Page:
The Impact of Special Education Laws
on Equity & The Classroom
Dr. Tom Hehir, Professor of Practice and Director of the The Leadership Program at Harvard University, Graduate School of Education made an informative presentation.
Kim Sweet, Executive Director, Advocates for Children of New York City, and Linda Chen, Principal of P.S. 165 in New York City, were panel participants. Dr. Jay Gottlieb, of the New York University Steinhart School of Education, moderated the panel.
Dr. Hehir served as Director of the U.S. Department of Education’s Office of Special Education Programs from 1993 to 1999. As Director, he was responsible for federal leadership in implementing the Individuals with Disabilities Education Act (IDEA). He also served as Associate Superintendent for the Chicago Public Schools prior to joining the U.S. Department of Education.
Dr. Hehir said tremendous change has happened in special education due to informed testing, utilization of due process, and better teacher training. In 1987, the National Longitudinal Transition Study looked at a nationally representative sample of high school students with disabilities in 1987, and did a follow-up, three years later. The results found that disabled students were dropping out at higher rates, approximately double to that of their non-disabled peers. Those who did drop out faced difficulties with getting a job, got in trouble with the law, and became unwed mothers.
Michael Rebell, Executive Director of Campaign for Educational Equity:
“The Campaign for Educational Equity is about a commitment at Teachers College here at Columbia, to try to organize all the resources of the institution to promote educational equity, which we think is a major education issue of the 21st century. We try to do that by extensive research, by holding symposia, like this, by taking policy positions, by publications to understand what the problems are and go from there to shape messages and keep promoting equity.”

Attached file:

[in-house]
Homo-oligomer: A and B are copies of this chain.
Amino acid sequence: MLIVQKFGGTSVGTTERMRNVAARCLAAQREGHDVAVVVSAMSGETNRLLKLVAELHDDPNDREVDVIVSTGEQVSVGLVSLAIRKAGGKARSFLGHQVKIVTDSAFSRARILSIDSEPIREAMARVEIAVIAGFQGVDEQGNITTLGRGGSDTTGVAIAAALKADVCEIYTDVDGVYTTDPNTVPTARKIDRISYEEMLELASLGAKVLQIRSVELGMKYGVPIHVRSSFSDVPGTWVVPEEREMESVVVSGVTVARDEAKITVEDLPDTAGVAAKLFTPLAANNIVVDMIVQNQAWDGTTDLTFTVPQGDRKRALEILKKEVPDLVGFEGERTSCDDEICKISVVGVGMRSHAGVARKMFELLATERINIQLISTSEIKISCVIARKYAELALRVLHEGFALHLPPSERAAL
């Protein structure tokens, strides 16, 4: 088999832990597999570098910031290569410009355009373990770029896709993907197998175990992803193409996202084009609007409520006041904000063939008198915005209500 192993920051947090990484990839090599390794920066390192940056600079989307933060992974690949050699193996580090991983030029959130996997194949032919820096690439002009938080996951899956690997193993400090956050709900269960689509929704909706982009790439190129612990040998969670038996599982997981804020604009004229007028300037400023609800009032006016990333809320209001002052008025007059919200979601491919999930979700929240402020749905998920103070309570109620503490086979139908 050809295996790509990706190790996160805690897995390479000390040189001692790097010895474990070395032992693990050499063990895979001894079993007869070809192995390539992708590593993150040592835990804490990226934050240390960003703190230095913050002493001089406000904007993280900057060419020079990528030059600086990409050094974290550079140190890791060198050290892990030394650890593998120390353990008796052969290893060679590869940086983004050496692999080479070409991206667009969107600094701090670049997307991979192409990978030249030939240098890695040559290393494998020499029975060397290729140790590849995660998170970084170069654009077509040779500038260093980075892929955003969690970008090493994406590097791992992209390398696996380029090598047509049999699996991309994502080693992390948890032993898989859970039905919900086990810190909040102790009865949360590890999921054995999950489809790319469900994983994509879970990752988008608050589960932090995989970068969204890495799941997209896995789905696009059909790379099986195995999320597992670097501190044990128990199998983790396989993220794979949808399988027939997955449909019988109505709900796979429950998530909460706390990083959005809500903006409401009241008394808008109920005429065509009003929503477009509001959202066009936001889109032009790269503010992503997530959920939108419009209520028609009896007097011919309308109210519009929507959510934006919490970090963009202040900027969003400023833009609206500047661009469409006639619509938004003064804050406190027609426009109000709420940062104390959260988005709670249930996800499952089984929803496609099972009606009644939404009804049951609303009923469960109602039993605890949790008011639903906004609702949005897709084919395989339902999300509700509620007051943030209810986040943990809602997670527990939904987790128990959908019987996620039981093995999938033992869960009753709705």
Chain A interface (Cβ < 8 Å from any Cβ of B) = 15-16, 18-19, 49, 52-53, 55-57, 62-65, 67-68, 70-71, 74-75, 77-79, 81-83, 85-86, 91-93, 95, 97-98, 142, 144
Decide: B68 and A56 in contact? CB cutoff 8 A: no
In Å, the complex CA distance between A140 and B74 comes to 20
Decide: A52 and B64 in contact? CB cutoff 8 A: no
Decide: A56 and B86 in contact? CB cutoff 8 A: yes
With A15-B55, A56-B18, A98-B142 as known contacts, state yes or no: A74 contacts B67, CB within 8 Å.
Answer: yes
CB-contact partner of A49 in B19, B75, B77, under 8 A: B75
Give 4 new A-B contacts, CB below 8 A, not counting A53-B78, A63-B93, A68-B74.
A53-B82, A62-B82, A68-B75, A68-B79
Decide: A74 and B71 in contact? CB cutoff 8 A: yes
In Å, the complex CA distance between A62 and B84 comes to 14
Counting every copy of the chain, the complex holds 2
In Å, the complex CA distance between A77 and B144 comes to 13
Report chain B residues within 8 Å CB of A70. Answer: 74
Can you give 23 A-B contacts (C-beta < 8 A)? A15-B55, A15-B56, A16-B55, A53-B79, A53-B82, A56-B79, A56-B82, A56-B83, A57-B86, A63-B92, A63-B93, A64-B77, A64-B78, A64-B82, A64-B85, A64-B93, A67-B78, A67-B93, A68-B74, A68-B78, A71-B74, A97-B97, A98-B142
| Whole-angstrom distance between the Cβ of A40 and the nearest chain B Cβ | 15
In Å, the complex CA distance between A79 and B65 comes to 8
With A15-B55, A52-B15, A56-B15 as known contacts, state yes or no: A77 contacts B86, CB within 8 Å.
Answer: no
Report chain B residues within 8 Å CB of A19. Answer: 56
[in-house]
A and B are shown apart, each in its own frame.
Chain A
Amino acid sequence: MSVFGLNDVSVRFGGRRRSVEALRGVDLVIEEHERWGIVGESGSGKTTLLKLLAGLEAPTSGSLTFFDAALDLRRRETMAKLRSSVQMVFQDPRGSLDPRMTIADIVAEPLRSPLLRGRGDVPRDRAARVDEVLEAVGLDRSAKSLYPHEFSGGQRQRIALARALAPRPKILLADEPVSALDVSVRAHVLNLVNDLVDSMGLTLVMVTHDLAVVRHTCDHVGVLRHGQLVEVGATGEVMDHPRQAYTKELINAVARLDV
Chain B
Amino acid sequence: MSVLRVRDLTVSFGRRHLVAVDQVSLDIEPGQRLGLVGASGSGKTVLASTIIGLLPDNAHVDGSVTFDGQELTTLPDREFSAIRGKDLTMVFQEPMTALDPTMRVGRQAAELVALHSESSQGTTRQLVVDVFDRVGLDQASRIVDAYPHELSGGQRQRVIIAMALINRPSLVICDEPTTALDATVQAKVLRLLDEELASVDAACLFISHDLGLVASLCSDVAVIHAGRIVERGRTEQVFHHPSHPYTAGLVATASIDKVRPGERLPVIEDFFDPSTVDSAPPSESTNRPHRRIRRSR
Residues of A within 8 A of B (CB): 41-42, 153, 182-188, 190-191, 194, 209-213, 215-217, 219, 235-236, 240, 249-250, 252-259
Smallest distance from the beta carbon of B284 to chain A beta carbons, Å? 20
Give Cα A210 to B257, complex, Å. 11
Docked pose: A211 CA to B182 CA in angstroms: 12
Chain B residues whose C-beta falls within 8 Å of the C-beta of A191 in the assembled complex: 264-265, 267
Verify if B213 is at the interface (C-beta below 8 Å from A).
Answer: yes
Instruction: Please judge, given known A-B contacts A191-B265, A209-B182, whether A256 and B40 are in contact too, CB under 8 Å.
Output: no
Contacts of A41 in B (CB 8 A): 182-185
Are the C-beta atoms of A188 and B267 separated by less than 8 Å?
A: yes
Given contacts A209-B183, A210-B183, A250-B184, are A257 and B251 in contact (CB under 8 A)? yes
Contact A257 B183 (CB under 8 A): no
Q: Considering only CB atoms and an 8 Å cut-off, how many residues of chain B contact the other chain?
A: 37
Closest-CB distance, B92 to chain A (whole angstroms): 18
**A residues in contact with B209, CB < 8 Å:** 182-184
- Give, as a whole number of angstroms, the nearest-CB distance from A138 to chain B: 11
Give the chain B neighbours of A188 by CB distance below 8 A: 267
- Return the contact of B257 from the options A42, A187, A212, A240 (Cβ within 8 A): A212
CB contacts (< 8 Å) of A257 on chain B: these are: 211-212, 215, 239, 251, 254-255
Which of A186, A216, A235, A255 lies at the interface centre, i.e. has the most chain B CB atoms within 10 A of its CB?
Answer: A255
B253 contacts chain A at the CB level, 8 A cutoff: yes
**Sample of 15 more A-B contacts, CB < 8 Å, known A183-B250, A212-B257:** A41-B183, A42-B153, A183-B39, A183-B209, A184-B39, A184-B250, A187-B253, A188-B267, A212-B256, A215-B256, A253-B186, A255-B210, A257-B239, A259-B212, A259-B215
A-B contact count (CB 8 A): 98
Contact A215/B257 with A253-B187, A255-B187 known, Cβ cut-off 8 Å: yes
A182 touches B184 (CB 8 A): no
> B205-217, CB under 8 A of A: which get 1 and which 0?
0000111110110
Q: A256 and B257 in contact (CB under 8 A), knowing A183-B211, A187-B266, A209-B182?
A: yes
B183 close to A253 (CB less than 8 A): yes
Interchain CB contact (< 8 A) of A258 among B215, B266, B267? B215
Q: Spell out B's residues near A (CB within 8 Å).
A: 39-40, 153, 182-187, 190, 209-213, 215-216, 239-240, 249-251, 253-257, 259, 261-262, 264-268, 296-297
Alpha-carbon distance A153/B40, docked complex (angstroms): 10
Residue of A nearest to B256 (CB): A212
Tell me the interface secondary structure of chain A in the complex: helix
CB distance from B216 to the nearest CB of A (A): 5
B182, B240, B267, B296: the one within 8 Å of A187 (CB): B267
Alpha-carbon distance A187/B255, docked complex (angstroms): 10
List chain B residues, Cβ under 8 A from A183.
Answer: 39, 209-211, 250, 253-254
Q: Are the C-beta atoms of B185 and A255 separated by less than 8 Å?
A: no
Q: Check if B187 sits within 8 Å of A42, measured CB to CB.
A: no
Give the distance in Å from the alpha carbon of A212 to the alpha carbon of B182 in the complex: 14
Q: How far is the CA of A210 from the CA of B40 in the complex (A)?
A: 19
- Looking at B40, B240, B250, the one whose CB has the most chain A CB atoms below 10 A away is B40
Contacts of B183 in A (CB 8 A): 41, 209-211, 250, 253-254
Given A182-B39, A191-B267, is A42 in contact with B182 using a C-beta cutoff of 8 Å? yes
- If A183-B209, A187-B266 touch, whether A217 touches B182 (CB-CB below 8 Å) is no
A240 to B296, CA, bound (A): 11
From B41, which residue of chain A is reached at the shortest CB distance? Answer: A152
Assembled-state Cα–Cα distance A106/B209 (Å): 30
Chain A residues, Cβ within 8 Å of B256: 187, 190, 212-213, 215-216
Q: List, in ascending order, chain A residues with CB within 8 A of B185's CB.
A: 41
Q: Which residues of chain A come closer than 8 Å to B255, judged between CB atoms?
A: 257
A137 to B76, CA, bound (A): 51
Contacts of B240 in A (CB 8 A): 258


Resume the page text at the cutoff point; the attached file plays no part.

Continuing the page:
The findings in the study influenced the 1997 re-authorization of the IDEA, which mandated change. Disabled students were taught the same subjects of their non-disabled peers. Children with disabilities were given “more accountability” in the general education system. There was a greater emphasis toward “inclusion” into the system.
A follow-up study conducted in 2003 found positive gains for children of middle and upper middle class families. 70% of disabled students completed school. More youngsters went on to postsecondary education (32%), double the 1987 rate.
More kids were employed, a 70% employment rate among those who had been out of school up to two years, an increase of over 50%.
The findings of this study showed that disabled youth from low-income backgrounds did not show the same academic improvement, and employment gains.
Dr. Hehir believes legal intervention can improve changes in districts. But, he points out, in their zeal to effect change, advocates for the disabled have a tendency to seek too much, and the school district resists the effort to change.
Kim Sweet is an attorney for a group that represents the disabled. She said her agency gets almost 4,000 calls a year from parents with children of disabilities. She said her office can only represent a fraction of those calls. She noted that the sheer number of substantive and procedural issues that need to be addressed by large school districts, like that in New York City, is completely overwhelming. She stressed that early evaluation of a disabled child is paramount.
Linda Chen, a Principal at a NYC public school said more emphasis should be placed on training educators to help in early intervention of a student who might be disabled. She noted that building the capacity and creating communication among all parties: the students, parents, advocates, litigants, and school administrators is critical.#